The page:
Route tagging

Unanswered Question
Aug 22nd, 2009

All,

Am I correct in my assumption that route tagging is primarily used in redistributing scenarios, and the tags are usually set on the router that's doing the redistributing?

Thanks,

John

I have this problem too.
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Jon Marshall Sat, 08/22/2009 - 05:42

John

Yes is the short answer.

Edit - of course the router that tags the packets may not be the one that then matches the tag and applies a policy/filter based on these tags.

Jon

Giuseppe Larosa Sat, 08/22/2009 - 10:34

Hello John,

route tags are very useful when you have multiple ASBR routers performing mutual redistribution between two routing protocols/domains.

This is to avoid unwanted feedback of routes learned from protocol A at ASBR1, (injected by ASBR1 in protocol B) to be reinjected in protocol A at ASBR2 from protocol B.

So as Jon has noted the router that sets the route tags does this to help other devices to do the right decisions in redistribution scenarios.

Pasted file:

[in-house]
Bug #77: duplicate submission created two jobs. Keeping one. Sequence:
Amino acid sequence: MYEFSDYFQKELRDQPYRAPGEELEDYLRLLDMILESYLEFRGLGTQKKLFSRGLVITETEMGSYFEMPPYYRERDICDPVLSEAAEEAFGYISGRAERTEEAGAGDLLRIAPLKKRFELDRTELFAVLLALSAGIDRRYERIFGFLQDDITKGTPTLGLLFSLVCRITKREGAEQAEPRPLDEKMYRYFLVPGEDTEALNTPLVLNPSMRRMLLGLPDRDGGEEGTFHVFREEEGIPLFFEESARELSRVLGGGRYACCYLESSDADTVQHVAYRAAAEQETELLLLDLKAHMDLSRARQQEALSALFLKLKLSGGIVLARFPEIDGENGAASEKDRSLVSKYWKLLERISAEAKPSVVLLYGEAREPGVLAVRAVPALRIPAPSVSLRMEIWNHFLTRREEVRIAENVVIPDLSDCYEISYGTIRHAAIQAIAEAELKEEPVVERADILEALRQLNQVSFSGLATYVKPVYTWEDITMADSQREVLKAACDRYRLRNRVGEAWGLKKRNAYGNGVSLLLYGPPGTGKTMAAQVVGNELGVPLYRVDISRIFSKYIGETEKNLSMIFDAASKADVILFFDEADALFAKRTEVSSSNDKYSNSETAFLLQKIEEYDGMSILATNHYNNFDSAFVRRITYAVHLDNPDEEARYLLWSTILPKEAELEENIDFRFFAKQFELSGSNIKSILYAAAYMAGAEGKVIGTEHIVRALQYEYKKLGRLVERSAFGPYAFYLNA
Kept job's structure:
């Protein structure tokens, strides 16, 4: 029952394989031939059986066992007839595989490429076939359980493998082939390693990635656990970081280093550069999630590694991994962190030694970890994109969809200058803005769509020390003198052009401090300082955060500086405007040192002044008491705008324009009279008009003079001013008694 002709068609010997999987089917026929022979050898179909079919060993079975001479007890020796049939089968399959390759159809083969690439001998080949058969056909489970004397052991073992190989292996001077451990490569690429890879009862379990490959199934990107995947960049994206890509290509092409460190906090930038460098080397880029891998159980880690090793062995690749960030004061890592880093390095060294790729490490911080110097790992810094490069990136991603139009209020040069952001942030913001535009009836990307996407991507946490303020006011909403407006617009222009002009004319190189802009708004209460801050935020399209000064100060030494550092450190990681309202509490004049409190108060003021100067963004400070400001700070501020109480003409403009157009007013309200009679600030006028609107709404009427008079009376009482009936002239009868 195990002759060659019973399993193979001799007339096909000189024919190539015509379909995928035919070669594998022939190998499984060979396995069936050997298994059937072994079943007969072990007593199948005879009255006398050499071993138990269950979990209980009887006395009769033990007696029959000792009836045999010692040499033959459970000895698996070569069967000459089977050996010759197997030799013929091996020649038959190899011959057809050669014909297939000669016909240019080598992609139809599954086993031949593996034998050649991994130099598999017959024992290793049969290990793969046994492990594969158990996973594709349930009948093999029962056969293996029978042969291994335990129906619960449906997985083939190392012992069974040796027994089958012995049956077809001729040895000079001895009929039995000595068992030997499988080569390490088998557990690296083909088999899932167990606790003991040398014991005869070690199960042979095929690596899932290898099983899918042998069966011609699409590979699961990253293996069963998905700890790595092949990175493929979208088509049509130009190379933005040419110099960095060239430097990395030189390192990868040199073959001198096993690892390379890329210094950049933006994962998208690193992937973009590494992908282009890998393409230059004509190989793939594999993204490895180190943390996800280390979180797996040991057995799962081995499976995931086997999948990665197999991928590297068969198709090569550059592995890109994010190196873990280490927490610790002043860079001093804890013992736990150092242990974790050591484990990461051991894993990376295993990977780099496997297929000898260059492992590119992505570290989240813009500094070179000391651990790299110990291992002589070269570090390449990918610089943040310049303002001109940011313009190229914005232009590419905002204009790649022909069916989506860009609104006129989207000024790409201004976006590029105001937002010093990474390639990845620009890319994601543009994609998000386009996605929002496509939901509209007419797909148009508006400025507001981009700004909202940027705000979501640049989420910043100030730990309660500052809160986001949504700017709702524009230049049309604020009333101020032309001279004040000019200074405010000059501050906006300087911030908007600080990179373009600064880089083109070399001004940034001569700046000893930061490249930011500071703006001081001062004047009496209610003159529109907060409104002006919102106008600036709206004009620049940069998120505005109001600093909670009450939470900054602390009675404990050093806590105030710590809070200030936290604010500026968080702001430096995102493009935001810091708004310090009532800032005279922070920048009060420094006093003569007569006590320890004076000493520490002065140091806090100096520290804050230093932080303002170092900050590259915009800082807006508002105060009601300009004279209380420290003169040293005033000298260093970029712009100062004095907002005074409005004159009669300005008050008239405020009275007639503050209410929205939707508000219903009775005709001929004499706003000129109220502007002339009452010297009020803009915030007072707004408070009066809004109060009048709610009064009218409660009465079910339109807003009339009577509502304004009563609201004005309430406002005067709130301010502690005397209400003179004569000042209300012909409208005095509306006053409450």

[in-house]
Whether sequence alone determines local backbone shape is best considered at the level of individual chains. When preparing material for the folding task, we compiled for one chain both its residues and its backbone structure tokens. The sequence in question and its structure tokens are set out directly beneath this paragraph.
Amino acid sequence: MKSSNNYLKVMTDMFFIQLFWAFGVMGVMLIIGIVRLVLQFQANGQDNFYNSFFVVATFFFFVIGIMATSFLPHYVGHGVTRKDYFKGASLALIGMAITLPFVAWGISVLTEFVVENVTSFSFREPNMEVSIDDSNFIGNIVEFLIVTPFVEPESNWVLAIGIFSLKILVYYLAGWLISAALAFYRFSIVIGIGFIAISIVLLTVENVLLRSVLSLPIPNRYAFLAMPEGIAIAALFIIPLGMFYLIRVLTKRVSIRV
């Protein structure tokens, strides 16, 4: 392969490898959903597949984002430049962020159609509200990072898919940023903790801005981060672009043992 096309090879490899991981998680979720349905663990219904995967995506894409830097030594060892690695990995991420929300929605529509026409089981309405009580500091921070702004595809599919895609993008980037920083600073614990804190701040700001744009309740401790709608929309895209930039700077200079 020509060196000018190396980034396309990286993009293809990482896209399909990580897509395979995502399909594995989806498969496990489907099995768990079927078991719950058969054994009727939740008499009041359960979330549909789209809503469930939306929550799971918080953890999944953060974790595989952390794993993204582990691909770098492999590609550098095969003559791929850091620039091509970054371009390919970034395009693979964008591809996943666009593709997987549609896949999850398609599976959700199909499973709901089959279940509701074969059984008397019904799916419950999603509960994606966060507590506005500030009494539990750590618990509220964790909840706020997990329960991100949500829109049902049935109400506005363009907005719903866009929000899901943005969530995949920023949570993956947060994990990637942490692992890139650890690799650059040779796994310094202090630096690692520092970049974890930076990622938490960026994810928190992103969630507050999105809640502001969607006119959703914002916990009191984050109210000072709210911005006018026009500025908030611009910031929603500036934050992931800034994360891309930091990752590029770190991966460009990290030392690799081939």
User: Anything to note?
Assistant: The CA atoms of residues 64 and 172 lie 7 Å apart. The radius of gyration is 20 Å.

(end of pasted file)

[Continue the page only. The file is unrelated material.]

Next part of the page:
To be noted that working with route redistributions some combinations of protocols allow to propagate a route tag from protocol A into protocol B other don't do this.

To be more specific RIPv2 supports route tags but its route tag field is 16 bit wide. OSPF and EIGRP have 32 bits route tags.

In another thread some mounths ago this issue was discussed because the OP noted that it was not possible to pass a route tag from OSPF or EIGRP to RIP but it needed to be manually set in the route map used to decide what to redistribute into RIP.

Also to be noted that like BGP communities route tags are a form of dynamic filtering that is they can adapt to a change in the network:

if a new subnet is advertised by protocol A it can be redistributed into protocol B with the appropriate route tag with no change to configuration (unless needed to allow it).

Hope to help

Giuseppe

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